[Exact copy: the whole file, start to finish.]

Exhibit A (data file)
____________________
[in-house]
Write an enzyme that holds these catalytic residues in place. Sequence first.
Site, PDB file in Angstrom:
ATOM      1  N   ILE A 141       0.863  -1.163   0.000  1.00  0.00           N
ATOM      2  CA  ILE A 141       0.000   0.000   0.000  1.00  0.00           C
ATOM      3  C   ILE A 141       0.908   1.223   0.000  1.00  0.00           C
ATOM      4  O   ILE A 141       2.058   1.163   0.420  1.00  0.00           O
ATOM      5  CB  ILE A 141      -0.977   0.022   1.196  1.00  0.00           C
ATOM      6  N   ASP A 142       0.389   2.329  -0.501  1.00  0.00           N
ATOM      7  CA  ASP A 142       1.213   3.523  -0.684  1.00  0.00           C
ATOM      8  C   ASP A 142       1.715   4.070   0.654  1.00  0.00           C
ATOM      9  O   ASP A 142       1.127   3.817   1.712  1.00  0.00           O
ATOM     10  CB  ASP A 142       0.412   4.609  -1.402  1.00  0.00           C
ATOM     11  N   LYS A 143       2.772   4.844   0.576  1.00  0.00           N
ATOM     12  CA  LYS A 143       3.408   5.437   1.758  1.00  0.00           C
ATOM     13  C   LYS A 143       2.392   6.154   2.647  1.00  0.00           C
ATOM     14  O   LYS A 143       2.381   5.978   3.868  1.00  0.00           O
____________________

[in-house]
Write an enzyme that holds these catalytic residues in place. Sequence first.
Site, PDB file in Angstrom:
ATOM      1  N   ILE A 141       0.863  -1.163   0.000  1.00  0.00           N
ATOM      2  CA  ILE A 141       0.000   0.000   0.000  1.00  0.00           C
ATOM      3  C   ILE A 141       0.908   1.223   0.000  1.00  0.00           C
ATOM      4  O   ILE A 141       2.058   1.163   0.420  1.00  0.00           O
ATOM      5  CB  ILE A 141      -0.977   0.022   1.196  1.00  0.00           C
ATOM      6  N   ASP A 142       0.389   2.329  -0.501  1.00  0.00           N
ATOM      7  CA  ASP A 142       1.213   3.523  -0.684  1.00  0.00           C
ATOM      8  C   ASP A 142       1.715   4.070   0.654  1.00  0.00           C
ATOM      9  O   ASP A 142       1.127   3.817   1.712  1.00  0.00           O
ATOM     10  CB  ASP A 142       0.412   4.609  -1.402  1.00  0.00           C
ATOM     11  N   LYS A 143       2.772   4.844   0.576  1.00  0.00           N
ATOM     12  CA  LYS A 143       3.408   5.437   1.758  1.00  0.00           C
ATOM     13  C   LYS A 143       2.392   6.154   2.647  1.00  0.00           C
ATOM     14  O   LYS A 143       2.381   5.978   3.868  1.00  0.00           O